Some movies just raise feelings of excitement and pleasure inside no matter how many times you watch the film. “An American Werewolf In London” is one of those films that no matter how many times I watch I get giddy inside as I watch that opening scene of David and Jack walking down that county road near Yorkshire Moors. Directed by John Landis this film was released as a horror/comedy in 1981. The story follows two American backpackers in England. One is devoured by a wolf and the other is only bit before villagers shoot the beast. Madness and chaos transform the survivors life as he deals with the tragedy in London Hospital. A great set up for “fish out of water” story with a macabre point of view.
The film has some very stereotypical aspects to it, the almost arrogant and foolish way that British intelligence is shown almost seems derogatory, as David must submit to foreign policies and beaurocracy. However the images of Londoners is mildly balanced and justified by the asinine shenanigans of David Kessler. The story is a funny and the negatives are minor unless you’ve seen the film like a thousand times and those idiosyncrasies are all that remain to pick at. The story stays with in a classic premise that does not rely on props or gimmicks of the time to find it’s humor which make it an easy film to watch no matter how many decades pass.
The special effects in this film are kick ass and organic. It is some of the best special effects make up work of the era. The film did not rely on cartoonish transpositions or tacky CGI which was all that was available in the 1980’s. It kept with the basic concepts and abilities of creature effects , something that I am glad to see come back into fashion in horror. There are a few scenes in this film that really stand out as far as the FX is concerned. The scene with the Nazi Werewolves slaughtering David’s family in his dream sequence is awesome and gives way to a story in the werewolf genre that I personally love. Then there is the scene when David is in the theater with all the dead whom he is responsible for. The rotting visuals are kick ass. Gross and gory and good. Plus I think this is the first time that we saw werewolves as massive beasts instead of the upright biped creature known in earlier stuff like “The Wolfman”. No need for a real wolf, the kind popular in todays shows and movies, nor is there any aspects of the standing monstrosity that is so terrifying such as in “The Howling”. This was a truly original design for the era. It made not only werewolves scary as hell beasts with almost no resemblance to man but it also made real wolves a bit more scary as well (for me anyway).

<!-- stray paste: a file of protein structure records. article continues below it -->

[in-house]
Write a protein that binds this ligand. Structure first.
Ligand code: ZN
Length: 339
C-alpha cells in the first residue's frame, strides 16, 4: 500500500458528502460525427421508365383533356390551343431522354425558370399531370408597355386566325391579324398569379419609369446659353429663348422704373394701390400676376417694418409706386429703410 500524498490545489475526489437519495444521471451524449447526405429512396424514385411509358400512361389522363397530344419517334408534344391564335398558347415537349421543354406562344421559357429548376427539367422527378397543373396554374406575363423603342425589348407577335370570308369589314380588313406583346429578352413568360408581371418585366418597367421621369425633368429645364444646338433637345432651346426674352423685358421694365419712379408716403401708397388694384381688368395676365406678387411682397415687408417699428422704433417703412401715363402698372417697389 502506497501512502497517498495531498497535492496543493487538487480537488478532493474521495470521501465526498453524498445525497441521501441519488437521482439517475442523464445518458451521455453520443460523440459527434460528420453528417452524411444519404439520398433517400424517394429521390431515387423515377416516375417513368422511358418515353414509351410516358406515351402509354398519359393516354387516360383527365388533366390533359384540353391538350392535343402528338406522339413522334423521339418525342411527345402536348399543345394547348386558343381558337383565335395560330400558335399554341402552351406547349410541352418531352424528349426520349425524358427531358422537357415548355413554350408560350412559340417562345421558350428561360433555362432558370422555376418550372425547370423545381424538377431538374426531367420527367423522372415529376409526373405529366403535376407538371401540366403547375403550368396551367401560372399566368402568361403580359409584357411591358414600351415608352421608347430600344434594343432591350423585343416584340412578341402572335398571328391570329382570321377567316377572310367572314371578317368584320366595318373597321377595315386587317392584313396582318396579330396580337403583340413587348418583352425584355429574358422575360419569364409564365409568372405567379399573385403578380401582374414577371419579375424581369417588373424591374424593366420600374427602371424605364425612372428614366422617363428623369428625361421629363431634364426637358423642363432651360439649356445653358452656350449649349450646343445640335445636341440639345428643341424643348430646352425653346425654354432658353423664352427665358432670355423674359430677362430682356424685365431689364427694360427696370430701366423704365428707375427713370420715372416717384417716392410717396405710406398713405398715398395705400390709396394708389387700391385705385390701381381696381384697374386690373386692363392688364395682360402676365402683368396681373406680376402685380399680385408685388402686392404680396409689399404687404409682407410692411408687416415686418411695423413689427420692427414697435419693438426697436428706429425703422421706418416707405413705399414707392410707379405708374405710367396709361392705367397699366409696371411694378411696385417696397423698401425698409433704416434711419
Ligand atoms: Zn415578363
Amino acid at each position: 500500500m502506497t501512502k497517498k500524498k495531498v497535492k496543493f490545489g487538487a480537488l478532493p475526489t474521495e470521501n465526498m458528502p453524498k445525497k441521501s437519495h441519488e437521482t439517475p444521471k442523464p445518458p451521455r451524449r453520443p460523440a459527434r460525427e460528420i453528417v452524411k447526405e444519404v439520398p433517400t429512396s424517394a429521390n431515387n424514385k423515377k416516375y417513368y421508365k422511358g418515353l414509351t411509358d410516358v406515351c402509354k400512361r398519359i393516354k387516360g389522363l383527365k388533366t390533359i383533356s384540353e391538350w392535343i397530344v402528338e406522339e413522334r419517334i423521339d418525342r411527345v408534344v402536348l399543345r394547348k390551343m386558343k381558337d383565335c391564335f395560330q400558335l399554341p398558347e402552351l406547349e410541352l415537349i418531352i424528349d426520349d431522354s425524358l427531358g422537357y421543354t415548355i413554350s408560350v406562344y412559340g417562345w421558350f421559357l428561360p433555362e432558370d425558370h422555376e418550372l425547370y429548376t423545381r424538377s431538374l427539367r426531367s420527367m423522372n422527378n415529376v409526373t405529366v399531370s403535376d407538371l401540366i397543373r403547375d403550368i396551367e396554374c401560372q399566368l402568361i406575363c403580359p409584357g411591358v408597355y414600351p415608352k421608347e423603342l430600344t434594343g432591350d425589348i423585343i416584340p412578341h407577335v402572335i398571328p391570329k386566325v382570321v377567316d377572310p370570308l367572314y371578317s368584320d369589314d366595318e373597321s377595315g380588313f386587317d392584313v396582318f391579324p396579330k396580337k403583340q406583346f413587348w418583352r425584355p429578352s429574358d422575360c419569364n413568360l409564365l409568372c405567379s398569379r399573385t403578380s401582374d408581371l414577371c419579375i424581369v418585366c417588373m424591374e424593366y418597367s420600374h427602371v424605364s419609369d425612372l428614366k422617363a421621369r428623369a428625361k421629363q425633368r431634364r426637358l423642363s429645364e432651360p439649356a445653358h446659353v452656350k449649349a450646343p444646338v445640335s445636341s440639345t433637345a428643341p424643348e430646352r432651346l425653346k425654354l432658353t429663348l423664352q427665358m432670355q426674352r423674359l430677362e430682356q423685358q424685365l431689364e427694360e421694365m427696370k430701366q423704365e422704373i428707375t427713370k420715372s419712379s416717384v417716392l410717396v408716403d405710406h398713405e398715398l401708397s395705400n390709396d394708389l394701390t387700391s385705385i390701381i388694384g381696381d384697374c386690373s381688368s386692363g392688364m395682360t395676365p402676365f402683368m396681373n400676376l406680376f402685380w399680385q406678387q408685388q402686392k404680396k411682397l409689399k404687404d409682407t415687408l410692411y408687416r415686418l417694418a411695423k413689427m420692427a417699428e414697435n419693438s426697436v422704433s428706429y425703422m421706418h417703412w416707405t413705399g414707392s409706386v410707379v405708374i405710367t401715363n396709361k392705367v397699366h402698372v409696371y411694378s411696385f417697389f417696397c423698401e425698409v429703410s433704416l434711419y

Now as far as the over all effect of this film. I still find it as watchable today as I did the first time I saw it on HBO.
As I said many a time in the past- my mom refused me theatrical horror films and regulated the television stuff until I was at least 11 years old. So I had to sneak or beg a sitter to let me watch something on HBO. “An American Werewolf In London” was something I plotted to see. I knew when it aired on a Saturday, and I knew which babysitter to favor that weekend so that I would be able to watch. It worked and I was both fascinated and scared from the first wolf attack until the final scene of David being shot in the alley. The humor, effects (especially the transformation scene) and the setting of this movie make it a true classic, American or otherwise.